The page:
The cuts – an alternative

For those who’ve not already seen it, this powerful film presents an alternative to the government’s devastating cuts agenda. It features community groups and anti-cuts campaigners along with Bill Nighy, Radiohead’s Ed O’Brien and Zac Goldsmith MP. Worth watching ahead of this weekend’s demo in London against the cuts.

It Cuts Both Ways…The Alternatives from Oonagh Cousins on Vimeo.

Growing old gracefully; shelter with style

London's 'best place to live' according to town planners
With bursts of retro orange shooting through its autumnal colour palette and wooden floors framed by bright white walls, the purpose-built accommodation pictured here wouldn’t look out of place in some interiors magazines.

Beneath the well-appointed rooms lies a bistro and a health spa where you can get your hair cut and styled or enjoy a pedicure.

The building, which opened in November, has achieved code level four for sustainable homes. It is heavily insulated, rainwater is harvested for reuse and heating is sourced from photovoltaic and solar thermal technology. A combined heat and power source also produces electricity, with any surplus sold to the national grid. The entire complex is wired for super-fast broadband.

Little wonder Ewart House has just won a ‘best place to live in London’ award in the Royal Town Planning Insitute’s annual London Planning Awards.

Ewart House's hair salon

A boutique hotel or maybe the latest urban eco-housing?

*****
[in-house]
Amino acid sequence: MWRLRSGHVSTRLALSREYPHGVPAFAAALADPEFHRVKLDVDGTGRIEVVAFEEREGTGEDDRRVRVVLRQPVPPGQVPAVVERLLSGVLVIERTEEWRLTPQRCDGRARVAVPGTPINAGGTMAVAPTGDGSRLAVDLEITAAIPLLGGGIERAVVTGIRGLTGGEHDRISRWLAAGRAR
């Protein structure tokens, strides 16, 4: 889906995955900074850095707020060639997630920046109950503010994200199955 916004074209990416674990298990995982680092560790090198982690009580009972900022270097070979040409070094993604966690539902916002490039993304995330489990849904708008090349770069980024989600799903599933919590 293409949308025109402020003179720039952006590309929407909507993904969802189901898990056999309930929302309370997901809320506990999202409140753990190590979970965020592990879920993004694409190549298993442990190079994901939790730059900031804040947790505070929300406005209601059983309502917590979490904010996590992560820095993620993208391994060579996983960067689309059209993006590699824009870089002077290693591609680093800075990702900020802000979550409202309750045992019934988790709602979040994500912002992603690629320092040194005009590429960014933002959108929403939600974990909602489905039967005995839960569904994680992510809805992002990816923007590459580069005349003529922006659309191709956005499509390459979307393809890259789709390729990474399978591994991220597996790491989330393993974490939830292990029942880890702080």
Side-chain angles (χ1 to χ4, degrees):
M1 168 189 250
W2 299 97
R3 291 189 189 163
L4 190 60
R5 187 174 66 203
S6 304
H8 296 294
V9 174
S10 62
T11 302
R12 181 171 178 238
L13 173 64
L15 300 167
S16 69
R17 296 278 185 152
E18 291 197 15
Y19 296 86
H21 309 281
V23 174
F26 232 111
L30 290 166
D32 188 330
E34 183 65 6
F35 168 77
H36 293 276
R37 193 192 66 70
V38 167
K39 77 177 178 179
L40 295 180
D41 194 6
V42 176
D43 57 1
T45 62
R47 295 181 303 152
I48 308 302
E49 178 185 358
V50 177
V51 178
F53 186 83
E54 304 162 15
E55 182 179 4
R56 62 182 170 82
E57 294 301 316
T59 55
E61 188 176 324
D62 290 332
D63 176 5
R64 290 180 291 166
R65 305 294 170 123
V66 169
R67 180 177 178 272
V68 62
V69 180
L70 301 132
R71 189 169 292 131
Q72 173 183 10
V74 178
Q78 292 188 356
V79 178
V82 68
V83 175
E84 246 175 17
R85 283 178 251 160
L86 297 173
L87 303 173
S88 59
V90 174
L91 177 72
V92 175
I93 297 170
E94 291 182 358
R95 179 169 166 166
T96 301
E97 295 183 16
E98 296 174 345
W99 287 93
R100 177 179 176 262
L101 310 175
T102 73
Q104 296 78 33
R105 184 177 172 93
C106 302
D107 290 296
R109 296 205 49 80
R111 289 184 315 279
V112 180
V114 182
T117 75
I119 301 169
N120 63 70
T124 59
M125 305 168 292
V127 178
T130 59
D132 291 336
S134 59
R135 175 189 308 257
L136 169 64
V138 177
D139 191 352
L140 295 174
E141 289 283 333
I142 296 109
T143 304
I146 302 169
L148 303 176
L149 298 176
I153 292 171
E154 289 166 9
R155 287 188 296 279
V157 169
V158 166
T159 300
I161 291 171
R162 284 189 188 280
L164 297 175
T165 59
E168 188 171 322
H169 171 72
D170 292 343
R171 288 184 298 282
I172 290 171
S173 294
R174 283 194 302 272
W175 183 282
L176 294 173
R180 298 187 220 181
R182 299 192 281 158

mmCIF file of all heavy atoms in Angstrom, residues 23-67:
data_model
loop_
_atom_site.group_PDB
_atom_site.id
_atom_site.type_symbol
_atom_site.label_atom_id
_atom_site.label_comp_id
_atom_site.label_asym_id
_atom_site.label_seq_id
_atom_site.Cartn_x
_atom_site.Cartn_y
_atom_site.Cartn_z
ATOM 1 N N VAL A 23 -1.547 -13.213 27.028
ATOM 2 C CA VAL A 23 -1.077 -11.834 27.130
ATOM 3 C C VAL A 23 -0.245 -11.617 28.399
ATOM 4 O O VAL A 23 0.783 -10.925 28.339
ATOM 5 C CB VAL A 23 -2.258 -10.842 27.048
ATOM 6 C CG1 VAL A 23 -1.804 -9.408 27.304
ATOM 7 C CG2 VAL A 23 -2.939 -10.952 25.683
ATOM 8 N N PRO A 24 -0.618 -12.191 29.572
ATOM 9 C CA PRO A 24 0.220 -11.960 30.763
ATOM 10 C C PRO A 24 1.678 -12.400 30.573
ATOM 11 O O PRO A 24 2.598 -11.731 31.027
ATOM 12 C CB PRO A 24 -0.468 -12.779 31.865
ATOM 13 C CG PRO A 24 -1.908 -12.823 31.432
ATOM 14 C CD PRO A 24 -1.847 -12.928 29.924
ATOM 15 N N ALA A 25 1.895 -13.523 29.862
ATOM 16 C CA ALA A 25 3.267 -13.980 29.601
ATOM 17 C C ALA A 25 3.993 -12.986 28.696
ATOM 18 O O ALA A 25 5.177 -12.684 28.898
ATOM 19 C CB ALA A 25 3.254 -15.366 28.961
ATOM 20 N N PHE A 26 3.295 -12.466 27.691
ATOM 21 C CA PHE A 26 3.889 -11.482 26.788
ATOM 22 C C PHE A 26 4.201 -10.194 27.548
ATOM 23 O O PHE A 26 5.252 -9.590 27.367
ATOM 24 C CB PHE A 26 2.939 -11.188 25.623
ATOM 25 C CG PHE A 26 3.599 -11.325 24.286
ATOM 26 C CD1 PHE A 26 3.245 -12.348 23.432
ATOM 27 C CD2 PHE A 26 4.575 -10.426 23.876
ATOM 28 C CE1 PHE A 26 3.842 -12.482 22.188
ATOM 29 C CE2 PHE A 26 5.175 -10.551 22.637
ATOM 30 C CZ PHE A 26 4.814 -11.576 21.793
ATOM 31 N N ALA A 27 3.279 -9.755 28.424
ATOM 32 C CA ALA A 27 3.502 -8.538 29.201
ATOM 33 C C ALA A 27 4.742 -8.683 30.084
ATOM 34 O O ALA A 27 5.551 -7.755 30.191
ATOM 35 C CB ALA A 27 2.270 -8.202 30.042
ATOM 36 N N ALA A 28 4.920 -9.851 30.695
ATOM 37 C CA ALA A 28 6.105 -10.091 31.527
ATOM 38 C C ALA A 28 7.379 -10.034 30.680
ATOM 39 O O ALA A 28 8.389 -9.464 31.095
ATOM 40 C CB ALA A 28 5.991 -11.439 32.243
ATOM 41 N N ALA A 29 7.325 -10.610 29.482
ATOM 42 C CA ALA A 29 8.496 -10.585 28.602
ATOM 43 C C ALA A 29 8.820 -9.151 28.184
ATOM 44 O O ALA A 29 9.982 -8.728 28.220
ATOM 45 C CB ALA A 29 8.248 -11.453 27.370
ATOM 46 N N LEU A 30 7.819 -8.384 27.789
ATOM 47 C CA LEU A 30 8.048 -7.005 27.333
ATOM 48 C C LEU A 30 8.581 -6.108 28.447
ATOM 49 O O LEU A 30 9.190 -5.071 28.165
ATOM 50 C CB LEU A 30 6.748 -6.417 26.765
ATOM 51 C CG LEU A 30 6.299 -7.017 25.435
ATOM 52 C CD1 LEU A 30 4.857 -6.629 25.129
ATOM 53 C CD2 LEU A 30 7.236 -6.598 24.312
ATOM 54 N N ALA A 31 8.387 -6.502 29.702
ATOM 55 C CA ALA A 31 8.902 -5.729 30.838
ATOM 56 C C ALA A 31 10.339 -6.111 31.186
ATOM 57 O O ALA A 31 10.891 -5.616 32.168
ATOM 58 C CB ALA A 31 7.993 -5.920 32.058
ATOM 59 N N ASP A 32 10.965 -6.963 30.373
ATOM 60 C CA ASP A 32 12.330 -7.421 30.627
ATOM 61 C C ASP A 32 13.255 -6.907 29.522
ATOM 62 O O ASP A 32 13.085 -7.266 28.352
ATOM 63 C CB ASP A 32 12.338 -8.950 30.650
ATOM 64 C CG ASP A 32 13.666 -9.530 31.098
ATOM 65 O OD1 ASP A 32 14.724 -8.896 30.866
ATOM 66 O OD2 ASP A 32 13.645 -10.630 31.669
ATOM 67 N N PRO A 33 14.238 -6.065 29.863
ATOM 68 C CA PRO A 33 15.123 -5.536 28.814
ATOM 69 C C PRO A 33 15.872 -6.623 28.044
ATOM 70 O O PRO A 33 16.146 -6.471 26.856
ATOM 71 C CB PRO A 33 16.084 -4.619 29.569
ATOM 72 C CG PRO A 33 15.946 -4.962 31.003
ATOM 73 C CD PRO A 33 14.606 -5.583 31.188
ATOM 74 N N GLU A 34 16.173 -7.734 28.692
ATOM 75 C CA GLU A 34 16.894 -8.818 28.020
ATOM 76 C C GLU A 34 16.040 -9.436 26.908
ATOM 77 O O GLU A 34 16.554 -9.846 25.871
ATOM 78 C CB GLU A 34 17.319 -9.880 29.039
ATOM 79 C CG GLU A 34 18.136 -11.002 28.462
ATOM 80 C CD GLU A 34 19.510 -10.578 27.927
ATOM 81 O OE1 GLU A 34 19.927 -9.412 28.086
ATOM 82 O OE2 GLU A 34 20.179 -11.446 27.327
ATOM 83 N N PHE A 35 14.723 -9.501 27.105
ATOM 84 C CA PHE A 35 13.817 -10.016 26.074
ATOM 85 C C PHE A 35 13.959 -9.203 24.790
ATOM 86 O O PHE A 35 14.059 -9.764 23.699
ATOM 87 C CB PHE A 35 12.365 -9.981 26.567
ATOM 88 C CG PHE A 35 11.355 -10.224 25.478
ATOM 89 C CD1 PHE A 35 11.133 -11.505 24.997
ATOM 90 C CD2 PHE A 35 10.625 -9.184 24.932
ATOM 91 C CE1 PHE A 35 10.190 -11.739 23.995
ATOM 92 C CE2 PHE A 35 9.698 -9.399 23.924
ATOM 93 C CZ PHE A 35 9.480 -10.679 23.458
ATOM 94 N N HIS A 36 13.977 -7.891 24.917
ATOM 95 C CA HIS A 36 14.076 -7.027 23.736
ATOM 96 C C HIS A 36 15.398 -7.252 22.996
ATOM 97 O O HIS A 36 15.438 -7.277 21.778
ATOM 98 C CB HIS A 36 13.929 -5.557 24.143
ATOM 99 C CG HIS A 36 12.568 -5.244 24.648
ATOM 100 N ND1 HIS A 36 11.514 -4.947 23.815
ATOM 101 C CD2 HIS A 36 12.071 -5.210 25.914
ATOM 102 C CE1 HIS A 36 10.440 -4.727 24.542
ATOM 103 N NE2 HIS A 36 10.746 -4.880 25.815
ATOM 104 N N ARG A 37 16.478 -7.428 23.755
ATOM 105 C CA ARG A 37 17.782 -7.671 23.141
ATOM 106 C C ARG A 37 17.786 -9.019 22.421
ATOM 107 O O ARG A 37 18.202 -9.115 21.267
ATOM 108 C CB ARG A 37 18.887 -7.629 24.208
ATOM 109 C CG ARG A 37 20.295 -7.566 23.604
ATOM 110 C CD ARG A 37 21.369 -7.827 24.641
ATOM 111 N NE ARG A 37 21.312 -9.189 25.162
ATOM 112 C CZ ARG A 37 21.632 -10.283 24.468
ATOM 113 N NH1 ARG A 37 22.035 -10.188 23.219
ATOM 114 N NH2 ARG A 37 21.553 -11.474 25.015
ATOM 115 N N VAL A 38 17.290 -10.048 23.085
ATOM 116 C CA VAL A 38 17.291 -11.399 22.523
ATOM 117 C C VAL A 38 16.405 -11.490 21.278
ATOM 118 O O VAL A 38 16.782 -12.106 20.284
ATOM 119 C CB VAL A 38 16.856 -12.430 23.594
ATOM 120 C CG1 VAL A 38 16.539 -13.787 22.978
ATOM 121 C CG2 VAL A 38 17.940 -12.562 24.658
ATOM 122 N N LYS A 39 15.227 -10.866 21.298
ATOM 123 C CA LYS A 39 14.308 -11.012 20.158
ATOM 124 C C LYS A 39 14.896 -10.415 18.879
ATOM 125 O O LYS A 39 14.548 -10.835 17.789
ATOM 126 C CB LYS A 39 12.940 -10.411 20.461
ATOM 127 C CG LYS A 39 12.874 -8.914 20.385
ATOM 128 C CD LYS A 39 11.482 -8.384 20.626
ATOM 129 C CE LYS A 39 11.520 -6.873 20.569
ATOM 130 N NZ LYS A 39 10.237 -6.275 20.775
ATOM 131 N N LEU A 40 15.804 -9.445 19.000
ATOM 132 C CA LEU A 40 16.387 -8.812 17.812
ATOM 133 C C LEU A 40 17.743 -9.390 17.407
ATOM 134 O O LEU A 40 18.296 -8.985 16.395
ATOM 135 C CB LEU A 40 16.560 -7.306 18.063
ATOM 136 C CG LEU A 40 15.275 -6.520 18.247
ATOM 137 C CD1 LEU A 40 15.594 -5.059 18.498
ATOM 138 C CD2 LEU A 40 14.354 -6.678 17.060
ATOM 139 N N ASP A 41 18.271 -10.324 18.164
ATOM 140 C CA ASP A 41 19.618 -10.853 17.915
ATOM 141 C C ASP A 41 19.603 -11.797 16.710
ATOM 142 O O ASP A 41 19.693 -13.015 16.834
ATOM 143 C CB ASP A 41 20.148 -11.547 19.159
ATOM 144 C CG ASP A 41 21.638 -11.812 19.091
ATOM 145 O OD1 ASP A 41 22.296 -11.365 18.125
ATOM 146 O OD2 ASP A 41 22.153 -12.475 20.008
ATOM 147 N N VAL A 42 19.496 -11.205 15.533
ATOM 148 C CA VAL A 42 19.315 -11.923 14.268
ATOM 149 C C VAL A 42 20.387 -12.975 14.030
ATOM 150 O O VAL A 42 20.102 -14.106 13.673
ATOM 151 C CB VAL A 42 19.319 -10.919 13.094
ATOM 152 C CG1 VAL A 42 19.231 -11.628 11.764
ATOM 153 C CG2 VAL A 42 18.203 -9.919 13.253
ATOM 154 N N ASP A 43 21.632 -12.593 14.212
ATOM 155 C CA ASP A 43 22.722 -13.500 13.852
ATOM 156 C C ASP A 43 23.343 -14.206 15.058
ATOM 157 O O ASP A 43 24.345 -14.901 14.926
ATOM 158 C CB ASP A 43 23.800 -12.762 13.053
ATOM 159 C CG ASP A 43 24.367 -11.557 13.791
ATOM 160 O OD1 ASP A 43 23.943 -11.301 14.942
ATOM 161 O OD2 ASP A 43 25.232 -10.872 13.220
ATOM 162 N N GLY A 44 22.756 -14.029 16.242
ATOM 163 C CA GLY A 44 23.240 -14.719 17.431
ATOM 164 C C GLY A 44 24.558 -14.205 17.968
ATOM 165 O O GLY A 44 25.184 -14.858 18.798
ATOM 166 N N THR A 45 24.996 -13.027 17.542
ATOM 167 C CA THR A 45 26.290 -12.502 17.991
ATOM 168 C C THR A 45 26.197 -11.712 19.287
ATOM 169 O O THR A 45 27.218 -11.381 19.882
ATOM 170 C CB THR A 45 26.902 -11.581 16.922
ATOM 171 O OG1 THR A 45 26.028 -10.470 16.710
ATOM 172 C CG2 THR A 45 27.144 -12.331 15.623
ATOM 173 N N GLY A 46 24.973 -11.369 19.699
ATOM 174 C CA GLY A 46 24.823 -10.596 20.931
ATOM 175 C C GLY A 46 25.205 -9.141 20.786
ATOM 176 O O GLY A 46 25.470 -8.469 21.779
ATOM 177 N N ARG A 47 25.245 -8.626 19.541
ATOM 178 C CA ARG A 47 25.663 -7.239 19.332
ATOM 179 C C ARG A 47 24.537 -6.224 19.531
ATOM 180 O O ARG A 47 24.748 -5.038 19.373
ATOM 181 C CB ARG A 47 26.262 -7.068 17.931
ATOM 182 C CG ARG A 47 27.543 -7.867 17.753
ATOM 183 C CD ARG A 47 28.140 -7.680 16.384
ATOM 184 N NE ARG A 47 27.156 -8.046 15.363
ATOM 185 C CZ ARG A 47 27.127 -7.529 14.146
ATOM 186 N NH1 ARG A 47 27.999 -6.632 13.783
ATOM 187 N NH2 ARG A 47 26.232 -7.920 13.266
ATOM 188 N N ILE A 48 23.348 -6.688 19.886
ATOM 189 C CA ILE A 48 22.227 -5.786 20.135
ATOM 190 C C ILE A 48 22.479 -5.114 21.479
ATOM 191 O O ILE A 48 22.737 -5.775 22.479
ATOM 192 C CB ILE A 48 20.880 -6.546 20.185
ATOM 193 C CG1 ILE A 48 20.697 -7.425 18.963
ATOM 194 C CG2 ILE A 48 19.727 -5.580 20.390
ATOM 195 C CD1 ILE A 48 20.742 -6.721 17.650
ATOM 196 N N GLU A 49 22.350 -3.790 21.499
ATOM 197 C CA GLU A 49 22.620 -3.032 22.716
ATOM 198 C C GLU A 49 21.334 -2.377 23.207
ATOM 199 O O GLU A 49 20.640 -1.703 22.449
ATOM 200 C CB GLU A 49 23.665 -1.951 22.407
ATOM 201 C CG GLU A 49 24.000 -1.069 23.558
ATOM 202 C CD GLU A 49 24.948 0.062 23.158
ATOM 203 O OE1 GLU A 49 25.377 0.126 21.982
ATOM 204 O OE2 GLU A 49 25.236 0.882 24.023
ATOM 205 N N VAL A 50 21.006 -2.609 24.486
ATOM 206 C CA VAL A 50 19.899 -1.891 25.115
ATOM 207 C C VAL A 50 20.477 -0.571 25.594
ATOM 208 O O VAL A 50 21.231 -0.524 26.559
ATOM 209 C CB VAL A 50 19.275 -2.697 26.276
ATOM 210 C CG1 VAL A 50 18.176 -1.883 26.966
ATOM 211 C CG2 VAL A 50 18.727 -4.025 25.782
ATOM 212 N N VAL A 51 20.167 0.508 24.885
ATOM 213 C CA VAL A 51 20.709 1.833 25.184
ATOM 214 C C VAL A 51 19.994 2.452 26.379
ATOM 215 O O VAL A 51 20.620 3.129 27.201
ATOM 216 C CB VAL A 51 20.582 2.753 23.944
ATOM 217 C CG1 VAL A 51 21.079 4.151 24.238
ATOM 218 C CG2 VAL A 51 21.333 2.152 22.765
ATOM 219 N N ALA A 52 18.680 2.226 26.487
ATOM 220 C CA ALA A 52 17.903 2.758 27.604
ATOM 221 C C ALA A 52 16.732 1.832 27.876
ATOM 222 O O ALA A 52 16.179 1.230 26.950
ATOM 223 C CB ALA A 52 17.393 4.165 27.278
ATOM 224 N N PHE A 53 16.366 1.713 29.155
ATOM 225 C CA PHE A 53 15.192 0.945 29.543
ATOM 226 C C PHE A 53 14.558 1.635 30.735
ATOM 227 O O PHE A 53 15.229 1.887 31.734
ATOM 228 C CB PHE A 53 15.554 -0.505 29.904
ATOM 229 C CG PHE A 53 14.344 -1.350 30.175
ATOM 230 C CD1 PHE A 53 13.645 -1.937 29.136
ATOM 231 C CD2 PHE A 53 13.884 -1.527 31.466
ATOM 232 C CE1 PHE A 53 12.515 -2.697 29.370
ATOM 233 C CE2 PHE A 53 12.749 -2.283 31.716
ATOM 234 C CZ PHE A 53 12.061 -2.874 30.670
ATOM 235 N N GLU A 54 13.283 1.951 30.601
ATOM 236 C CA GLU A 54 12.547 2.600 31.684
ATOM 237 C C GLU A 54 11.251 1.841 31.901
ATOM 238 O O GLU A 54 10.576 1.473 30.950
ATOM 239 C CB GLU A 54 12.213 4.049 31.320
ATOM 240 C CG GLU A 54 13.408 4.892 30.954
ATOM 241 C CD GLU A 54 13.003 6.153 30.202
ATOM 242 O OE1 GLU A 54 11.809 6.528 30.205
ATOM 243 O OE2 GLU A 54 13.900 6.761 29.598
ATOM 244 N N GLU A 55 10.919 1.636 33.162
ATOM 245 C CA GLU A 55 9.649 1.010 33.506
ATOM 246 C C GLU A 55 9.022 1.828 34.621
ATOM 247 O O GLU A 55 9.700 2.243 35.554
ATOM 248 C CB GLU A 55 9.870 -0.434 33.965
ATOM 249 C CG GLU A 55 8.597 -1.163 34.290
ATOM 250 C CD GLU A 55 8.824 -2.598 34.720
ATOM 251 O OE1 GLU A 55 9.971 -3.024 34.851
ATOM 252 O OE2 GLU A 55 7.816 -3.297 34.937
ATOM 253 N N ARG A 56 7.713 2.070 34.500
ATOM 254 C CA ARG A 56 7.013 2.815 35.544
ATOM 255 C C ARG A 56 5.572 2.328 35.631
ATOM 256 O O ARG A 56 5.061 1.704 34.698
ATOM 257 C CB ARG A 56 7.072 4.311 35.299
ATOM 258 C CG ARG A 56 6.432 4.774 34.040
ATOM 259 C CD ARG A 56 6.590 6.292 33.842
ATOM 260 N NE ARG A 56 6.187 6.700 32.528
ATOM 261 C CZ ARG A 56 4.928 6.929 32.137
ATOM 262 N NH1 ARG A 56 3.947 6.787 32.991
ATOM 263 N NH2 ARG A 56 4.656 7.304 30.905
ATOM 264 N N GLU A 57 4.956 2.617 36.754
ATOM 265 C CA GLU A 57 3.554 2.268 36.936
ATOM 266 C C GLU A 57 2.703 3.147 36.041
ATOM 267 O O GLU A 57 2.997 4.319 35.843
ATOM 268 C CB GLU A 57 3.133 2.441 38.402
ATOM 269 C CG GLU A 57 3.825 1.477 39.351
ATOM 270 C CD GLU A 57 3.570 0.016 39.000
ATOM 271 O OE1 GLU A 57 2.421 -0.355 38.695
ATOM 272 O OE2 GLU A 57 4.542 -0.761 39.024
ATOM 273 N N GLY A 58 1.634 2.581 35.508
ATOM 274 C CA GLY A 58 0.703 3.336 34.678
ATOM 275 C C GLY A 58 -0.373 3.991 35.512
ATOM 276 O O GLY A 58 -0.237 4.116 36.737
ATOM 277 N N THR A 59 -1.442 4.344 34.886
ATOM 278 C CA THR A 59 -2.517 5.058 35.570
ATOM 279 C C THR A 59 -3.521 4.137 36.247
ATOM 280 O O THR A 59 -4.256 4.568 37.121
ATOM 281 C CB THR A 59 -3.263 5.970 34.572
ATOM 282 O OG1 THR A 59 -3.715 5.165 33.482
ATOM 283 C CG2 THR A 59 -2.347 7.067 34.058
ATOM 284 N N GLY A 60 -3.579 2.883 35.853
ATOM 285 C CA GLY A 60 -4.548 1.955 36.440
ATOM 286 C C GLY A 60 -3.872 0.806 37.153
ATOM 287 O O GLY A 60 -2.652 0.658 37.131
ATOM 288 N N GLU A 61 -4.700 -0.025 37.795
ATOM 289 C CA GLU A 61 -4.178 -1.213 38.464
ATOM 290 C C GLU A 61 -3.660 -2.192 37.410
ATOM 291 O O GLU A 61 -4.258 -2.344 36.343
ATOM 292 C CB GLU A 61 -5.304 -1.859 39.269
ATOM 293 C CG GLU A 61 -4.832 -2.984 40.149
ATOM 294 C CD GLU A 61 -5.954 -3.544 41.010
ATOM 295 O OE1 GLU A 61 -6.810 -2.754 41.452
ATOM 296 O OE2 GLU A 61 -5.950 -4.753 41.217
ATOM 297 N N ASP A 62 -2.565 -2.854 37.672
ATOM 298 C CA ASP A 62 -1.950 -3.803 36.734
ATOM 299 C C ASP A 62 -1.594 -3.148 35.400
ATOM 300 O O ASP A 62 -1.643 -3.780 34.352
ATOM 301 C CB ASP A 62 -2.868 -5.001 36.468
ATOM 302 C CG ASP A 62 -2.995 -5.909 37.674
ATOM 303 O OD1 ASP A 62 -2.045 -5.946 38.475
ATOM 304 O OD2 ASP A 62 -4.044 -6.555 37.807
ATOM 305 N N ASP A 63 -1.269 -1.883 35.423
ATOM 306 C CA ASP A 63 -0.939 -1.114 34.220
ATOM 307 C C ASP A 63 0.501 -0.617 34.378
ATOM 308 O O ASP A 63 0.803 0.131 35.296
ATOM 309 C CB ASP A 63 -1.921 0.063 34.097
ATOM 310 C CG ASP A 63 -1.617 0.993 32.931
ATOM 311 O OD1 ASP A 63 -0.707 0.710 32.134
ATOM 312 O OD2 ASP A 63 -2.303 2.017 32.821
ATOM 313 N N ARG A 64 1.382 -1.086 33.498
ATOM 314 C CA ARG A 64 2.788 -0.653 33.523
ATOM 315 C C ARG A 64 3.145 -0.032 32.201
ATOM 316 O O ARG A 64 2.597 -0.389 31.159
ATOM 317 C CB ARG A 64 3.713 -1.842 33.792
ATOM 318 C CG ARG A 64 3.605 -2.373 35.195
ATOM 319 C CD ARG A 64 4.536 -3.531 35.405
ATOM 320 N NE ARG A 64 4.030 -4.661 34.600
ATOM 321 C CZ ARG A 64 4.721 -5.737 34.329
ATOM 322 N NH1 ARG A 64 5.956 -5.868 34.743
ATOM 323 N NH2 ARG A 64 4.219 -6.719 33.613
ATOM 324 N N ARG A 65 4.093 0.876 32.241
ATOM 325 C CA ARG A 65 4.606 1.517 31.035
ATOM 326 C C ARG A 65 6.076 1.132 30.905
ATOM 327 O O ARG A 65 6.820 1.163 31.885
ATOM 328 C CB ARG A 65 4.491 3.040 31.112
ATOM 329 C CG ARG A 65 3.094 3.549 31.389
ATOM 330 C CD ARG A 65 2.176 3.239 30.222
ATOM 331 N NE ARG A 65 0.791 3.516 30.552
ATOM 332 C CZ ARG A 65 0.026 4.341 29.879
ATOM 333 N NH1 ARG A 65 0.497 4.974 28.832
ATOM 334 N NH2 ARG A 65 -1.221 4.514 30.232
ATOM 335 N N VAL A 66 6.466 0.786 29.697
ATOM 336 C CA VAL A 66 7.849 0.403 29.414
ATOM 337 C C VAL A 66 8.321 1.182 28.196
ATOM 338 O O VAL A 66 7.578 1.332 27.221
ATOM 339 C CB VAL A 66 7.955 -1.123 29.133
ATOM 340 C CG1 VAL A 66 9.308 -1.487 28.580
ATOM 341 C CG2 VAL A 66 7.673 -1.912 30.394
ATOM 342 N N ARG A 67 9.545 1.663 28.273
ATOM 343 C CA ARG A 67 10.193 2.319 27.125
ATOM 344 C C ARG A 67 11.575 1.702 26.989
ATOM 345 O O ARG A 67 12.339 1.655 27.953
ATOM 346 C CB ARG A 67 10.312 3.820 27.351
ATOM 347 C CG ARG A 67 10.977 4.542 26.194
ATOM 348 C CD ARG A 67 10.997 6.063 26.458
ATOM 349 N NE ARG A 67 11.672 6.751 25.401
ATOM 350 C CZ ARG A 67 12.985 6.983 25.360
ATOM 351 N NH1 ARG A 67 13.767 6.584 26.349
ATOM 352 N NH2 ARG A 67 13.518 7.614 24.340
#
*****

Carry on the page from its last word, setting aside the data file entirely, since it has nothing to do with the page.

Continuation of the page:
The only giveaway that Ewart House might in fact be sheltered housing is the fact the ground floor ‘spa’ also offers assisted bathing and the pedicure is really, well, more chiropody. Look more closely and you see the handrails lining the walls and the discrete pacing area for vulnerable residents. The decor and furnishings are also colour coordinated to enable residents with limited vision and dementia to recognise which part of the building they are in; no institutional signage here but subtle ways for residents to get their bearings. In a separate wing with its own entrance are seven flats let to younger people with disabilities and the building is intended to act as a community hub.

Ewart House appears to have substance as well as style; this isn’t just fashionable living for the frail. The extra care sheltered home for frail older people, including people with mild dementia, contains self-contained flats for 47 residents. Almost all flats have a private balcony and some are designed for couples whose fragile health prevents them from sharing a bedroom.The weekly rent and service charges are £135.